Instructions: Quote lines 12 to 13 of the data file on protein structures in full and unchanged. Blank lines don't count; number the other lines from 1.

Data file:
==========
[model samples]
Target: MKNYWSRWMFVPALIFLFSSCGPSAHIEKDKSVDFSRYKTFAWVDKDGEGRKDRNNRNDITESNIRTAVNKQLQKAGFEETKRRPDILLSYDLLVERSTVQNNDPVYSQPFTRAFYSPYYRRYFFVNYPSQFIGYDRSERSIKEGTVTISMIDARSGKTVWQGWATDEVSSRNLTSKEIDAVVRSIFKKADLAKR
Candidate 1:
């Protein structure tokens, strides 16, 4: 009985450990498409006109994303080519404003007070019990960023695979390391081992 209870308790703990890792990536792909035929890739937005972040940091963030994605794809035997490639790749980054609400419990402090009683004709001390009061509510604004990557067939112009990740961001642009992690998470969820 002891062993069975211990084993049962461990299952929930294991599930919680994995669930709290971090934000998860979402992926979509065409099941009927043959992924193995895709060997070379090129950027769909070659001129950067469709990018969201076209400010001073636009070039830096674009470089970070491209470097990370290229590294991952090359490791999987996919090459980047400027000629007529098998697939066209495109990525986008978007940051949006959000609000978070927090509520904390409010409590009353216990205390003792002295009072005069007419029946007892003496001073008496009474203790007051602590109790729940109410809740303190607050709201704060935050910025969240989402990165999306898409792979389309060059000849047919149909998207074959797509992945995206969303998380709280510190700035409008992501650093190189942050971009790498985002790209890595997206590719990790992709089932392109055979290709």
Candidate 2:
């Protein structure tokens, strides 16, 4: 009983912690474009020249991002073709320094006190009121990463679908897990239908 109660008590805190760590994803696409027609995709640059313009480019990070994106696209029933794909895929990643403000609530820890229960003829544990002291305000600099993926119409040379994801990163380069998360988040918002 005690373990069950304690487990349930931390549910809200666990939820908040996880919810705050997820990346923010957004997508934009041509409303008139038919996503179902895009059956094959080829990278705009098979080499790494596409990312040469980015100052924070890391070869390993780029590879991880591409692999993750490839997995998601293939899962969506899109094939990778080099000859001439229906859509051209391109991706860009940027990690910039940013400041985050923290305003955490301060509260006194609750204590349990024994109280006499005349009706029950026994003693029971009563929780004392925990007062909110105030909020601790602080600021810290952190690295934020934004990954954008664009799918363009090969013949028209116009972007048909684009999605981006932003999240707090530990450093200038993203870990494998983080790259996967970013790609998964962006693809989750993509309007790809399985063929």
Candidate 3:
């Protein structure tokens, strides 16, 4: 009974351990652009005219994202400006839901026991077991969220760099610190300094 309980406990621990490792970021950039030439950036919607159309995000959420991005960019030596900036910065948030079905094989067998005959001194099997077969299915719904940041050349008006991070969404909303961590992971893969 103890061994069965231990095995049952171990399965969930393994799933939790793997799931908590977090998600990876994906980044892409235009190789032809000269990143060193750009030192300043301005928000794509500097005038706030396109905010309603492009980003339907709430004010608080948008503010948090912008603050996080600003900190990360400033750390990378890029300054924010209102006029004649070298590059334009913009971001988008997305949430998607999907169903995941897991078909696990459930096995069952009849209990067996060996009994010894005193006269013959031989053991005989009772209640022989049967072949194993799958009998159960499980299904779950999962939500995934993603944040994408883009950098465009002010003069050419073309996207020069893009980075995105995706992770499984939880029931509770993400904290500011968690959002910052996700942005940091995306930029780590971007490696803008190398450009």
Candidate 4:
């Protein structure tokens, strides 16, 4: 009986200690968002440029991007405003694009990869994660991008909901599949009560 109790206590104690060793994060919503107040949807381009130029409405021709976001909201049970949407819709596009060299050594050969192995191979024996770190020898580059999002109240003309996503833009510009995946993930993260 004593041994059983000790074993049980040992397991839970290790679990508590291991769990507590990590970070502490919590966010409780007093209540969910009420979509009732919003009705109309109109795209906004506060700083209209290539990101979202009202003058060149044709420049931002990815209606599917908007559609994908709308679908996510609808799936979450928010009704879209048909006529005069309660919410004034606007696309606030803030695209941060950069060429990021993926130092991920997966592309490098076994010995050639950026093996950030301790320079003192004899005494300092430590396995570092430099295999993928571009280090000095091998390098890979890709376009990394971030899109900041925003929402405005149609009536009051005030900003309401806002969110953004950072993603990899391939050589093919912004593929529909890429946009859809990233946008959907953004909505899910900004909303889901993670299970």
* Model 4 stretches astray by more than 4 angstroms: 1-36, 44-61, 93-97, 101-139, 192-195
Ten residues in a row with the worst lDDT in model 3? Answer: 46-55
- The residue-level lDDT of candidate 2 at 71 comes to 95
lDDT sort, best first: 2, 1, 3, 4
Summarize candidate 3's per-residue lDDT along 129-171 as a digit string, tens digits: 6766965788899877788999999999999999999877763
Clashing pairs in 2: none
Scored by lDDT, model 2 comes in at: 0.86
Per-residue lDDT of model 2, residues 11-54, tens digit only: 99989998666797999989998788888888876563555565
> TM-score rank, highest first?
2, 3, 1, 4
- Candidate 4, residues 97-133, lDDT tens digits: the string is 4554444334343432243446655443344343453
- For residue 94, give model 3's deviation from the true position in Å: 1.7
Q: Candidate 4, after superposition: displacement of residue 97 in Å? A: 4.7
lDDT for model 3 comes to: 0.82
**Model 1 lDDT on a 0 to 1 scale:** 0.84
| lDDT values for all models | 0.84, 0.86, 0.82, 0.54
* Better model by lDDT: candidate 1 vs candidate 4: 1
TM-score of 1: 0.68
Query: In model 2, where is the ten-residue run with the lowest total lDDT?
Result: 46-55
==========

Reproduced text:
Ten residues in a row with the worst lDDT in model 3? Answer: 46-55
- The residue-level lDDT of candidate 2 at 71 comes to 95